But this is a TV site, so the big part of this list is the things I am thankful I can see on the rundown TV in my office that makes a horrible cranking sound when I try to play DVDs, ot downstairs when I'm not bothering anyone by trying to catch up on thirteen discs of the Steve Coogan Collection.
My Local Library
Don't laugh. I have a rule that I won't watch an episodic TV series unless I've started it from the beginning, which means I wind up missing a lot of shows everyone else is screaming praises for.
There are a lot of heartfelt stories about Richard Pryor and Mooney's own personal life, but there is a lot of fun TV trivia, as well. Mooney talks about getting forced onstage by a couple of friends to do his first solo stand-up spot in the early 60s in San Francisco. Mooney is drunk and nervous, and winds up doing the act of a comic named Ronnie Schell, who would later co-star with Jim Nabors on Gomer Pyle, U.S.M.C. Mooney admits whenever he catches the show in reruns, he feels a little guilty.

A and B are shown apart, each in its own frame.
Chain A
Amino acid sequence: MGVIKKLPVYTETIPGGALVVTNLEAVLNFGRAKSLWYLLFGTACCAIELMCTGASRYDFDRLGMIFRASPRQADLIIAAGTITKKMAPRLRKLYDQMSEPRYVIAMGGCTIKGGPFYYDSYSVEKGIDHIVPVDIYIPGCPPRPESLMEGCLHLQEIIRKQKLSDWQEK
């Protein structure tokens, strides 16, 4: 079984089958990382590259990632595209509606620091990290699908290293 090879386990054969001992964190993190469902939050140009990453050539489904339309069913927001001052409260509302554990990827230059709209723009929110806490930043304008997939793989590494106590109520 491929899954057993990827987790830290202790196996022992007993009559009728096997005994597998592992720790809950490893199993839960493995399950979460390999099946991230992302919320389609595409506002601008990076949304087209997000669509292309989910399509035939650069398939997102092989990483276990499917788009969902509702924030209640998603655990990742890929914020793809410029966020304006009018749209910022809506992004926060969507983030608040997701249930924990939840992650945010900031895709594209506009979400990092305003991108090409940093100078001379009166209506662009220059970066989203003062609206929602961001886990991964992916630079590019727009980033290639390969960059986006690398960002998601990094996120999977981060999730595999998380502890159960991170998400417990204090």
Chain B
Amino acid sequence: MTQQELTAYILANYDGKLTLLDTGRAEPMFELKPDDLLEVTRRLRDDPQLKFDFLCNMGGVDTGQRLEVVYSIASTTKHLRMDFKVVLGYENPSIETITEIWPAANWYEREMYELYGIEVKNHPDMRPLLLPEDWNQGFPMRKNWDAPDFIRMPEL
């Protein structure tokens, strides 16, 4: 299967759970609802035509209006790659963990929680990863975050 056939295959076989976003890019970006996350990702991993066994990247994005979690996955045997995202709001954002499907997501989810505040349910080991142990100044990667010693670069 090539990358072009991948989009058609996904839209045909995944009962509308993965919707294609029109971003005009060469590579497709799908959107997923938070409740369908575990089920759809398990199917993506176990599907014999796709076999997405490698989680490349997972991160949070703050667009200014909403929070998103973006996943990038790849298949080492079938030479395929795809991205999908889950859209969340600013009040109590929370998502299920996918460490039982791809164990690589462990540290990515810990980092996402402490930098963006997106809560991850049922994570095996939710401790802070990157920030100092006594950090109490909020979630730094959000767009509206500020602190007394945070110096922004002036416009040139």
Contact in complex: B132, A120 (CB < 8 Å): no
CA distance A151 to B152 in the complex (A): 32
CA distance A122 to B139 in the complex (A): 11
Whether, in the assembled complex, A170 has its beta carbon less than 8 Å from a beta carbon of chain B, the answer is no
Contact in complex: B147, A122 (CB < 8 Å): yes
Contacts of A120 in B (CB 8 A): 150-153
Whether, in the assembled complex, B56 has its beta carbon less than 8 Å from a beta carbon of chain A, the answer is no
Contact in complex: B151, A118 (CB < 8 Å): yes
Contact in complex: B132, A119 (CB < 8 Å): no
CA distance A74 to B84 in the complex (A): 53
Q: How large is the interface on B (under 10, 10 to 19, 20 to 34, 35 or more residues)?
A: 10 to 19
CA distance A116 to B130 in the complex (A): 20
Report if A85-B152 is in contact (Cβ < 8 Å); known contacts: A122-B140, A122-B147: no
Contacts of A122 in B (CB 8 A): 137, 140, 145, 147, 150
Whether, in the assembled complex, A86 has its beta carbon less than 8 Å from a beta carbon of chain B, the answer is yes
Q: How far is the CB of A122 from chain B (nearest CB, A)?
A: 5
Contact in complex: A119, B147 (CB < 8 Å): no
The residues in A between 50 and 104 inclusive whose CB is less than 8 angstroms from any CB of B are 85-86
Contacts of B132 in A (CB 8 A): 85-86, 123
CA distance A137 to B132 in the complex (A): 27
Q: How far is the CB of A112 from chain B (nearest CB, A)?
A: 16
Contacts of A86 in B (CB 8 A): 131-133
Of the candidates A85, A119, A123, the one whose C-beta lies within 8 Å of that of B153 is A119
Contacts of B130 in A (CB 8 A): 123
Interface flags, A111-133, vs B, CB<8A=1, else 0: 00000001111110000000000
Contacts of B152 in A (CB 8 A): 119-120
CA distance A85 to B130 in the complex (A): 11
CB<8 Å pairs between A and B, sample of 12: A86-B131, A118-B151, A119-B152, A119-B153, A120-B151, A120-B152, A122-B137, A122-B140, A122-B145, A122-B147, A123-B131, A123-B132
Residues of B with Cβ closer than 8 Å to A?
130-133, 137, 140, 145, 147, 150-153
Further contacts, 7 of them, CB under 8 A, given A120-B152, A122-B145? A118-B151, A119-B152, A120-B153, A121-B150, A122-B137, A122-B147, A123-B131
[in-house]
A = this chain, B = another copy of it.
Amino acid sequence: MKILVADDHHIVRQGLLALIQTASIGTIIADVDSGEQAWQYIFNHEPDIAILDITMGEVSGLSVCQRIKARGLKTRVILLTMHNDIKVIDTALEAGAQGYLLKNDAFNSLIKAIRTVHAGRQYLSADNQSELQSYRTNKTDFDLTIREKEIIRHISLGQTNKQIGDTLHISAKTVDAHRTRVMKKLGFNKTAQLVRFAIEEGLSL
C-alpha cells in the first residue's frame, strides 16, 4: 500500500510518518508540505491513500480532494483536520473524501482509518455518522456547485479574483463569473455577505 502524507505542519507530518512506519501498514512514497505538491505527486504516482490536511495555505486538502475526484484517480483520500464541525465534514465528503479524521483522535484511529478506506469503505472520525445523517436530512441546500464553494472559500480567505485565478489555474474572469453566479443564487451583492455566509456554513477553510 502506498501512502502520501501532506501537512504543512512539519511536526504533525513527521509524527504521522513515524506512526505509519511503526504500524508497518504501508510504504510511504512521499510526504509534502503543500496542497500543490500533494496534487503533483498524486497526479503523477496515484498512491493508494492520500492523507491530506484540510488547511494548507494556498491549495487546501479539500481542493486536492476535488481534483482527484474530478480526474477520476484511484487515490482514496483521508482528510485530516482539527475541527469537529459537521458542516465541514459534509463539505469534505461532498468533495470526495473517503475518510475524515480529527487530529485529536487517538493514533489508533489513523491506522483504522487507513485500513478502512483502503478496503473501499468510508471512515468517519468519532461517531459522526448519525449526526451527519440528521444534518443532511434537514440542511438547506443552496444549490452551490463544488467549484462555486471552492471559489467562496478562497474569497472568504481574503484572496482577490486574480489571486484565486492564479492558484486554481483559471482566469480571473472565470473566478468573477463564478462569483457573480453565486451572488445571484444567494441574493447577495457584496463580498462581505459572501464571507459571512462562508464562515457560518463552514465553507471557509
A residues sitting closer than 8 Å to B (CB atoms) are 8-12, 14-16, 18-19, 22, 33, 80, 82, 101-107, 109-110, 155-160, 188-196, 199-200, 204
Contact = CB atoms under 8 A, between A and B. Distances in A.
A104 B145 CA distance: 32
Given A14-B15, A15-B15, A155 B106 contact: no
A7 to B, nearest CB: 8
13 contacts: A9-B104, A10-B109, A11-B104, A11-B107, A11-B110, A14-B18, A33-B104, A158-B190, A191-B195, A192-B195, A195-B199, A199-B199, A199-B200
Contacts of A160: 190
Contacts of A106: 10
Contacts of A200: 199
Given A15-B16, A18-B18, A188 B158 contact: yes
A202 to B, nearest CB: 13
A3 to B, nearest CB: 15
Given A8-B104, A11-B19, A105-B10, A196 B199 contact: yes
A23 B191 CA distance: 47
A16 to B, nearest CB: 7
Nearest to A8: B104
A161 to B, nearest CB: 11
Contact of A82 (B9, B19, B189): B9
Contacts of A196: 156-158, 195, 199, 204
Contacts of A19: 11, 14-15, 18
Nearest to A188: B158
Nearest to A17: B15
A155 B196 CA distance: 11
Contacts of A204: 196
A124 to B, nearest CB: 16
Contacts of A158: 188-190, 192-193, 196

But eventually, the show evolved into a 60-minute scream fest of recurring characters spouting catchphrases over and over and celebrity satire that taught lessons about the proliferation of pop culture and ignorance. Important lessons, such as "Boy is Anna Nicole Smith dumb and fat!" and "Hey, is that Paris Hilton a whore or what?" Every episode felt like a hand was reaching out of the TV and rubbing a cheese grater across my face. Now 14 years after its inception, Fox has finally decided to pull the plug on Mad TV and let it die a slow horrible death instead of taking it out Old Yeller-style, the way God intended.
Richard Pryor, like the Marx Brothers, is one of those rare forces in comedy whose contributions to the form seem to transcend time and space. His work is just as hilarious and scathing now as it was when he first shocked audiences with frank talk about his own tumultuous life. These days, Pryor is in his mid-sixties and struggling with MS, but he claims that the disease didn't ruin his life, it saved him from what could have been an inevitable end fueled by drugs and alcohol. I hate to admit that part of me wonders how anyone would consider being near paralyzed by disease as a blessing from God, but Pryor's optimism is uplifting to say the very least.
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